With the Lidcombe Program for childhood stuttering, our first goal, usually, is to eliminate or virtually eliminate the child’s stuttering in ‘structured activities’ at home (early Stage 1). By ‘structured activities’, we mean that we set up the sessions deliberately in a way to get the child as fluent as possible, as quickly as possible, for 10-15 minutes a day. You can read more about the Lidcombe Program here.
To encourage stutter-free speech, it’s a good idea to set up a calm environment. Usually, this means turning off the TV, distracting any siblings (and pets) with other activities, sitting on the floor or at a table with your child, and playing simple, age-appropriate games that encourage your child to speak at a level that assists them to stay fluent.
In our free ebook, we list 10 of our all-time favourite Lidcombe Program activities, including reading a picture book together, labelling games, lotto, glue and fishing games, memory, and binary choice activities.
These days, many children respond well to digital or computer-based resources, including children doing the therapy by telehealth and when busy families want to do the therapy ‘on the move’ (or between other things).
This resource is a modified animated bingo game, with high-frequency vocabulary to be named and sorted into early categories. It is suitable for a range of expressive language tasks, including single word naming, attribute naming, category sorting, and semantic feature analysis. As the child’s fluency increases, this resource can be combined with our free carrier phrase pack to work on speech fluency and the phrase and sentence-levels.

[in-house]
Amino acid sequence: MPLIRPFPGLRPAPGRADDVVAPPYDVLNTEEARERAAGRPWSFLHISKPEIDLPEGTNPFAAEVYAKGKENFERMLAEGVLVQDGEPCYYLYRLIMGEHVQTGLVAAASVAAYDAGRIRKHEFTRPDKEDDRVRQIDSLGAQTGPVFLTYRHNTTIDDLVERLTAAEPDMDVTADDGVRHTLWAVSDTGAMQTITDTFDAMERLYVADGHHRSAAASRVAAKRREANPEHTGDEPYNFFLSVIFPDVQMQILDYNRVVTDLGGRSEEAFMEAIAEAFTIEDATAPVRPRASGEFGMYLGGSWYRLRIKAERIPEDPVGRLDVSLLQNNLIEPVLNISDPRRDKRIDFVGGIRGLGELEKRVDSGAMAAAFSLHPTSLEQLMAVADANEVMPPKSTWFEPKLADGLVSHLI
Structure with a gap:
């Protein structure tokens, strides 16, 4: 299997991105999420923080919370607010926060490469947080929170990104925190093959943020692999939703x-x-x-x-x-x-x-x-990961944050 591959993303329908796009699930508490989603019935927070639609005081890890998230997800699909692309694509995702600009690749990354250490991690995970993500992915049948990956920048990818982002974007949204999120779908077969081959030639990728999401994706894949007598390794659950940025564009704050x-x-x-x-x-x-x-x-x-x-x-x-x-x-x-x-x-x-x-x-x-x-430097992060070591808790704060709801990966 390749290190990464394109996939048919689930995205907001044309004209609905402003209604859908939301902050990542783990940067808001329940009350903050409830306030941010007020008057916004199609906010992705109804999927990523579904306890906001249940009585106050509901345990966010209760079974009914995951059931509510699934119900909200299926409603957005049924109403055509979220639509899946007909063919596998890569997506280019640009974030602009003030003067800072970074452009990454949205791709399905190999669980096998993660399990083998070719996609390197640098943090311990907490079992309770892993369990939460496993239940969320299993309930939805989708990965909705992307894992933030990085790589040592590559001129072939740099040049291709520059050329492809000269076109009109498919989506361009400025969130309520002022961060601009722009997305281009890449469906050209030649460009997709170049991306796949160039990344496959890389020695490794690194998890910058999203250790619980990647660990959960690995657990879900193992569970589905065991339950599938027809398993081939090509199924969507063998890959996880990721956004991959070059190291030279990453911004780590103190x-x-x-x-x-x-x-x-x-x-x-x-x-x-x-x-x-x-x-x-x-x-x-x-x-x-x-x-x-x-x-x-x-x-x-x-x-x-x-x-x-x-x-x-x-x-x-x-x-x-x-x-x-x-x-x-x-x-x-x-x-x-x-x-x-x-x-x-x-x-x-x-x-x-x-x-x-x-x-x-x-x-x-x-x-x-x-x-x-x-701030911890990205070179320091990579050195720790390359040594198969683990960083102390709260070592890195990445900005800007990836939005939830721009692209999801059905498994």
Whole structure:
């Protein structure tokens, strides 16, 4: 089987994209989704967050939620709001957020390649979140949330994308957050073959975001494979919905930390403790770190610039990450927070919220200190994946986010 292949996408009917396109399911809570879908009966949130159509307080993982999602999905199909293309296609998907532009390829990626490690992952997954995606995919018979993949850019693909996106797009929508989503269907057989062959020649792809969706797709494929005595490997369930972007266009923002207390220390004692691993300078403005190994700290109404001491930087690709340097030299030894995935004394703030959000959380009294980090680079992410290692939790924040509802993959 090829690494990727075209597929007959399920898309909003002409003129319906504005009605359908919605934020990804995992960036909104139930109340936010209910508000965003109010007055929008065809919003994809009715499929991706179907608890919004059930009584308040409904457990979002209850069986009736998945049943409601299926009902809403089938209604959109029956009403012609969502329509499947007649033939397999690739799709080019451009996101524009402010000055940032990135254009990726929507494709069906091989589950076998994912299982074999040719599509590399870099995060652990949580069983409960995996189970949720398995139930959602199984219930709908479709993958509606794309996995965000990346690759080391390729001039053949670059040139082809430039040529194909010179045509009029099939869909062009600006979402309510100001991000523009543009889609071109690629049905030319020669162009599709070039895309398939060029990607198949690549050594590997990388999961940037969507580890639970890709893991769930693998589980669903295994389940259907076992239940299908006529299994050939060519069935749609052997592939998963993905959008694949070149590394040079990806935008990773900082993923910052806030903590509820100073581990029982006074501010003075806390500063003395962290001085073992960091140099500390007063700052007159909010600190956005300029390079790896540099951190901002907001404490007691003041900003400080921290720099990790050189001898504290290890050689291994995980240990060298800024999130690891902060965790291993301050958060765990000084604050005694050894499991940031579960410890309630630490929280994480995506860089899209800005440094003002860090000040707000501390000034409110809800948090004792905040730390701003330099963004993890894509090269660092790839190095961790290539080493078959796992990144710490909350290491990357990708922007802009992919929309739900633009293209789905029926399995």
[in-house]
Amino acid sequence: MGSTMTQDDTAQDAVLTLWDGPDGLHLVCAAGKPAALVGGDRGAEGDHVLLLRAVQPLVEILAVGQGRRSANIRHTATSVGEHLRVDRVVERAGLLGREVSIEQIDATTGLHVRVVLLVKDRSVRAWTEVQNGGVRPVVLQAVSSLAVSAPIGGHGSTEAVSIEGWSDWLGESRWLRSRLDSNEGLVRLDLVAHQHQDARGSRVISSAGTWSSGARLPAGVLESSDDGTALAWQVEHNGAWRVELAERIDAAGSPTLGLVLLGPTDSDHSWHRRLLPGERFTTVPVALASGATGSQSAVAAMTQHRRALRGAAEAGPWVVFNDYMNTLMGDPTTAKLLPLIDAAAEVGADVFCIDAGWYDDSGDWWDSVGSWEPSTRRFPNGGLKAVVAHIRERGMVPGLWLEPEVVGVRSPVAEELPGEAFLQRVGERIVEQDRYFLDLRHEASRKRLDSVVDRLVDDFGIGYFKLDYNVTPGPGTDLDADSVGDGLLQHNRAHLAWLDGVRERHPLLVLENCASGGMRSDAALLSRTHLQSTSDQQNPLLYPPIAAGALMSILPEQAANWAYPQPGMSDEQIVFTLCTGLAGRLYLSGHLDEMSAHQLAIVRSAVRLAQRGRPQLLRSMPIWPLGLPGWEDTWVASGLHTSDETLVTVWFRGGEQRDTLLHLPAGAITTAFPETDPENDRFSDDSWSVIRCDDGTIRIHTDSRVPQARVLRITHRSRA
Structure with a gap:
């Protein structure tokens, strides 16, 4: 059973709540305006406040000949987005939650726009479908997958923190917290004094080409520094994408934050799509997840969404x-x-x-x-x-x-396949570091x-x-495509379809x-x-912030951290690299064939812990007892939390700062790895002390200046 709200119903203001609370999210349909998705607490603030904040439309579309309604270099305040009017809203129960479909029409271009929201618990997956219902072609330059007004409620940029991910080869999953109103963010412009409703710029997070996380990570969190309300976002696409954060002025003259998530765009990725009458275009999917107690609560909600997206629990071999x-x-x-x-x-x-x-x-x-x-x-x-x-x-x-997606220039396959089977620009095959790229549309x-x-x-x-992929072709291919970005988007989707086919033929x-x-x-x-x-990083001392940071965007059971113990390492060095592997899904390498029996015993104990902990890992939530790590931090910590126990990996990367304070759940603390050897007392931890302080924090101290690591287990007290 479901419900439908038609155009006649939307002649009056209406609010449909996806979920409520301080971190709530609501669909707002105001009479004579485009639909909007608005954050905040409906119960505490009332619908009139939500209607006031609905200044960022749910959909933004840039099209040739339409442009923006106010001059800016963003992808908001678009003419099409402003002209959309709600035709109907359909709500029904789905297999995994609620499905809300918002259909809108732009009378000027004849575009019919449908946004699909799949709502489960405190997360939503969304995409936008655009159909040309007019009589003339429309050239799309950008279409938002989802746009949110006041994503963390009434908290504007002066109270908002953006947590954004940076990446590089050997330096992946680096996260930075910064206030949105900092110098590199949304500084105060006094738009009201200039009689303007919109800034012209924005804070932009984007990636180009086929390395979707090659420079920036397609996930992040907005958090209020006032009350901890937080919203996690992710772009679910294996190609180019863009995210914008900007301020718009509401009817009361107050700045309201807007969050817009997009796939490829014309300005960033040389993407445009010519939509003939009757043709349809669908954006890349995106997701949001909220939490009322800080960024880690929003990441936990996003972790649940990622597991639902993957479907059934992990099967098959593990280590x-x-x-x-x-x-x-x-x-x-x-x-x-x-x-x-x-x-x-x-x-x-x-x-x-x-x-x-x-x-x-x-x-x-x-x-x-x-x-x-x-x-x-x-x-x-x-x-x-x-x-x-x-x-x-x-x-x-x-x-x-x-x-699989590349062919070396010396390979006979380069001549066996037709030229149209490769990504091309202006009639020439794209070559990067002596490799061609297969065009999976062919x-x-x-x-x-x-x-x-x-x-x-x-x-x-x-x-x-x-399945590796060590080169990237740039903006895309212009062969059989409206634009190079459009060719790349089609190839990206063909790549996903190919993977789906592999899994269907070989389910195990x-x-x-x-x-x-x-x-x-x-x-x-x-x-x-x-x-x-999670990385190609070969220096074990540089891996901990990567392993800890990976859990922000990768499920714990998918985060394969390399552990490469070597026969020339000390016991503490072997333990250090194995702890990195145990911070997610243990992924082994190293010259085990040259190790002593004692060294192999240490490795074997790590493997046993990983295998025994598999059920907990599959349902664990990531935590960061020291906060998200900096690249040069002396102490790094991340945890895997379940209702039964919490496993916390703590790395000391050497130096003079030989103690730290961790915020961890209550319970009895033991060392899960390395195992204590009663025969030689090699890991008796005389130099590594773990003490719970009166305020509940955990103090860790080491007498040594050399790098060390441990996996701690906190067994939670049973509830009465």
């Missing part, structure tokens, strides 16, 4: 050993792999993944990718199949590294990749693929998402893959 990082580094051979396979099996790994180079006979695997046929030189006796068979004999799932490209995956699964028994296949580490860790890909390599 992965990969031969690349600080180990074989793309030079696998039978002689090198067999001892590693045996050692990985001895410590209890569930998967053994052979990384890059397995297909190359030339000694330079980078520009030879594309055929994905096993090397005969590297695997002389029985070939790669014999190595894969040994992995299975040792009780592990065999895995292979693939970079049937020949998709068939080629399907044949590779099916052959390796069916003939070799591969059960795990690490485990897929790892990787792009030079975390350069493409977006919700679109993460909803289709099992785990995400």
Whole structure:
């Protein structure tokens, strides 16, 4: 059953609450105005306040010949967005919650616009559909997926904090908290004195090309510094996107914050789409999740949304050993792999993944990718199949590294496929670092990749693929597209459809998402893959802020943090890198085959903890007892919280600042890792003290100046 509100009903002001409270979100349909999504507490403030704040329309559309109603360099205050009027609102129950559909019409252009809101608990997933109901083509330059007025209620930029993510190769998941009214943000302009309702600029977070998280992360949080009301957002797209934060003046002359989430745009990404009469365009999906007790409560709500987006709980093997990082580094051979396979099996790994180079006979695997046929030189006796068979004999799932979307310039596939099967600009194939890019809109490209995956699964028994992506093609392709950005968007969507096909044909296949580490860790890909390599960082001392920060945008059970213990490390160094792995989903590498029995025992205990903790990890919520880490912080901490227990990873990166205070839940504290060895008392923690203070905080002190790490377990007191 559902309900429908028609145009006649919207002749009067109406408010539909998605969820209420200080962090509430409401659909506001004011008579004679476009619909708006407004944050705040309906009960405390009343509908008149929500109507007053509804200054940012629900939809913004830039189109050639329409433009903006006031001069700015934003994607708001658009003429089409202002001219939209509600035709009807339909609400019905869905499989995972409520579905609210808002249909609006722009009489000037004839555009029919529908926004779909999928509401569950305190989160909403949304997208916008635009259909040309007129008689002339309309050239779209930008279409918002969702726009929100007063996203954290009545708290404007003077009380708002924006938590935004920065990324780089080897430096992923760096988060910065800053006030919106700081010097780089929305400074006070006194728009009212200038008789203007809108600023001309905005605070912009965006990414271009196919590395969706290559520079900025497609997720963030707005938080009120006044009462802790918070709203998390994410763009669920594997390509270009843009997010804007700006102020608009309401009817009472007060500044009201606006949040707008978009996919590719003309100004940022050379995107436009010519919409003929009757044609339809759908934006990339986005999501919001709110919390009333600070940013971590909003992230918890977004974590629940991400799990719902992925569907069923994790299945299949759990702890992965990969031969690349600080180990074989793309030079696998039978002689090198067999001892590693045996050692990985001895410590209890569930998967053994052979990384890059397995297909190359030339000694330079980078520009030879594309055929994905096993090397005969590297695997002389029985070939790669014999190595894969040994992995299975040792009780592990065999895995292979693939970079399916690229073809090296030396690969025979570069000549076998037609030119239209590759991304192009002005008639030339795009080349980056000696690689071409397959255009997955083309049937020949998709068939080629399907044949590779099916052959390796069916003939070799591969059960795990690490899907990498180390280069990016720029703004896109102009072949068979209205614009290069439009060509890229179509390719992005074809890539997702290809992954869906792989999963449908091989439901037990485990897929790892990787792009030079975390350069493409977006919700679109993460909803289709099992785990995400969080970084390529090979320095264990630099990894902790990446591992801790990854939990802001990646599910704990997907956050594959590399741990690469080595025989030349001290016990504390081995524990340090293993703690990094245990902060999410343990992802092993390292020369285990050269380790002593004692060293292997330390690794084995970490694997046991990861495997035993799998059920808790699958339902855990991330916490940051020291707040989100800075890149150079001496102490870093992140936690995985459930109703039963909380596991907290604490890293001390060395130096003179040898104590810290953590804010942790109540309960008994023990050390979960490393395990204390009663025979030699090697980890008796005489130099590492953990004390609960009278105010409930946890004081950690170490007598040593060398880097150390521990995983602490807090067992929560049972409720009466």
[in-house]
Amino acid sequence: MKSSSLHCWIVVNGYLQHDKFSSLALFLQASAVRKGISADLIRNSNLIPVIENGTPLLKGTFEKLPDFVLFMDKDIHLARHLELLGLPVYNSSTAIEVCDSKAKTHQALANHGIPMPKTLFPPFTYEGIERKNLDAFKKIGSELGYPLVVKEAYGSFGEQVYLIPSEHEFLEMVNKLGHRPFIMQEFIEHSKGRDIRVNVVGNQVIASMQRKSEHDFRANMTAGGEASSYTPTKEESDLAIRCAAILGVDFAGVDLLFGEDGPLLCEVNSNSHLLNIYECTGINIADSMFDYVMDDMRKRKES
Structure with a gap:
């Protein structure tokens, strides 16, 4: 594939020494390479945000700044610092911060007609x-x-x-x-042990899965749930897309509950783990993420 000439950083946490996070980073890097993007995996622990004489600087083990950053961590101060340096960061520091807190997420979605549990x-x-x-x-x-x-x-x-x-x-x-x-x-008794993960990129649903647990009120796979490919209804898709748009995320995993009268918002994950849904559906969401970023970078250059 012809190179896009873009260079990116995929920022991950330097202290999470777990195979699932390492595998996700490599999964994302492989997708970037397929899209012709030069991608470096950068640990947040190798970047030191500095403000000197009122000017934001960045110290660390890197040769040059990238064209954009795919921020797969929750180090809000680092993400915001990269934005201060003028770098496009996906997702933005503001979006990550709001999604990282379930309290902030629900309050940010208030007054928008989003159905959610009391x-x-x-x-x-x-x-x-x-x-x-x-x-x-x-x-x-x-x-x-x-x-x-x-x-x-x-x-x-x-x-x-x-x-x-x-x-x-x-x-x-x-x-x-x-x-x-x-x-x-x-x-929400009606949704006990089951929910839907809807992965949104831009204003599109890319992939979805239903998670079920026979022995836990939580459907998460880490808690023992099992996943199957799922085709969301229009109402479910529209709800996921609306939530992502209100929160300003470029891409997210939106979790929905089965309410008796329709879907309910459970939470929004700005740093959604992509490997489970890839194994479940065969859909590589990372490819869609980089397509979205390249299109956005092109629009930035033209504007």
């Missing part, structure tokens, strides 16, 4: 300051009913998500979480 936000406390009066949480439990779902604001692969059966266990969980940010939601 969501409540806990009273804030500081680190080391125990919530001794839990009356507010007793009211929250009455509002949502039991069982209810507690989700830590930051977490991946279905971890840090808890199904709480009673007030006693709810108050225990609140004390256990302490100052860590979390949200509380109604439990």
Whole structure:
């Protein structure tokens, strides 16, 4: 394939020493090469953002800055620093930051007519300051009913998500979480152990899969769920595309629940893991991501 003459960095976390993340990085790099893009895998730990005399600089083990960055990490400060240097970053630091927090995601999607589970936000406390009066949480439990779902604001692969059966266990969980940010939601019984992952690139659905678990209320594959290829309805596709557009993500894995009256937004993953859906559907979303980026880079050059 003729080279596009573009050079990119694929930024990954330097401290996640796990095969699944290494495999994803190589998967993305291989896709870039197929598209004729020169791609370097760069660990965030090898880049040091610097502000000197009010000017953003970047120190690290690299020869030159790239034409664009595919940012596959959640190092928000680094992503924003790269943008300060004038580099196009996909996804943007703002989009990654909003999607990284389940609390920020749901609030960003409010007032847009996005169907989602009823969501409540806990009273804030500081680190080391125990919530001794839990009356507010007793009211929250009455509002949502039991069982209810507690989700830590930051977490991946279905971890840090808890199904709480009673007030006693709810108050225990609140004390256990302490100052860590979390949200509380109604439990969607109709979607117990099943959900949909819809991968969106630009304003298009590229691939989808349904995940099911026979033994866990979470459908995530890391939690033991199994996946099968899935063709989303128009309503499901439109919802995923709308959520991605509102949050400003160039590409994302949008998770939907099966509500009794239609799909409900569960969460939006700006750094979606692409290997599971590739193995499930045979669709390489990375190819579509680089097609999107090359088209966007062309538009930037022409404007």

The Bingo game is a Powerpoint presentation. There is no need to drag or drop. All you need to do is ‘play’ the slideshow (full screen) and click your mouse and the animations will do all the work! See the instructions in the pack.
The resource is designed for all devices and is suitable for highly structured practice.
Remember: You need to be trained by a qualified speech pathologist to do the Lidcombe Program properly. Among other things, you need to be able to distinguish between stuttering and stutter-free speech; and confident to give the therapy (including the required verbal contingencies) as set out in the manual.
Over the years, we’ve found that the Lidcombe Program works best when parents and children enjoy doing home practice sessions together. This resource is designed to help – particularly in the early, highly structured part of the program, or whenever necessary to help children who stutter to get and stay fluent.
In our speech pathology clinic, we have found this resource useful. We hope you do too!